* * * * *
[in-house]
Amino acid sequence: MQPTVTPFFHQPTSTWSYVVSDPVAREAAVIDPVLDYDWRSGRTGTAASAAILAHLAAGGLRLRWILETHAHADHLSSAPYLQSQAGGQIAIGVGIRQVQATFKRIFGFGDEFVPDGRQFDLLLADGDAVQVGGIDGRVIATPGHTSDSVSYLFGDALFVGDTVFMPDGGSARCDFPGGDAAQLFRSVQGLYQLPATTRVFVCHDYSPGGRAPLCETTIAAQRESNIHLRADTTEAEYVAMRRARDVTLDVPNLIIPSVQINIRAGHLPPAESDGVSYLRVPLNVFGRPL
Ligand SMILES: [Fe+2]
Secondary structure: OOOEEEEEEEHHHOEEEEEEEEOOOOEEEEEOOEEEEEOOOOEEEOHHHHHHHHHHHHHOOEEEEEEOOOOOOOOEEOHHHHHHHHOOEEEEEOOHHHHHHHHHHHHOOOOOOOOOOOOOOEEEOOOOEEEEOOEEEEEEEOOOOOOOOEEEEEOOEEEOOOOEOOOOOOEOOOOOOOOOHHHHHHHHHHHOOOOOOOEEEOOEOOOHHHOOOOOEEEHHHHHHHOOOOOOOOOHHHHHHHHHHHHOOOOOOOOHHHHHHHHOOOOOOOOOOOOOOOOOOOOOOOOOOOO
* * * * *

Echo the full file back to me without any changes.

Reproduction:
[in-house]
Amino acid sequence: MQPTVTPFFHQPTSTWSYVVSDPVAREAAVIDPVLDYDWRSGRTGTAASAAILAHLAAGGLRLRWILETHAHADHLSSAPYLQSQAGGQIAIGVGIRQVQATFKRIFGFGDEFVPDGRQFDLLLADGDAVQVGGIDGRVIATPGHTSDSVSYLFGDALFVGDTVFMPDGGSARCDFPGGDAAQLFRSVQGLYQLPATTRVFVCHDYSPGGRAPLCETTIAAQRESNIHLRADTTEAEYVAMRRARDVTLDVPNLIIPSVQINIRAGHLPPAESDGVSYLRVPLNVFGRPL
Ligand SMILES: [Fe+2]
Secondary structure: OOOEEEEEEEHHHOEEEEEEEEOOOOEEEEEOOEEEEEOOOOEEEOHHHHHHHHHHHHHOOEEEEEEOOOOOOOOEEOHHHHHHHHOOEEEEEOOHHHHHHHHHHHHOOOOOOOOOOOOOOEEEOOOOEEEEOOEEEEEEEOOOOOOOOEEEEEOOEEEOOOOEOOOOOOEOOOOOOOOOHHHHHHHHHHHOOOOOOOEEEOOEOOOHHHOOOOOEEEHHHHHHHOOOOOOOOOHHHHHHHHHHHHOOOOOOOOHHHHHHHHOOOOOOOOOOOOOOOOOOOOOOOOOOOO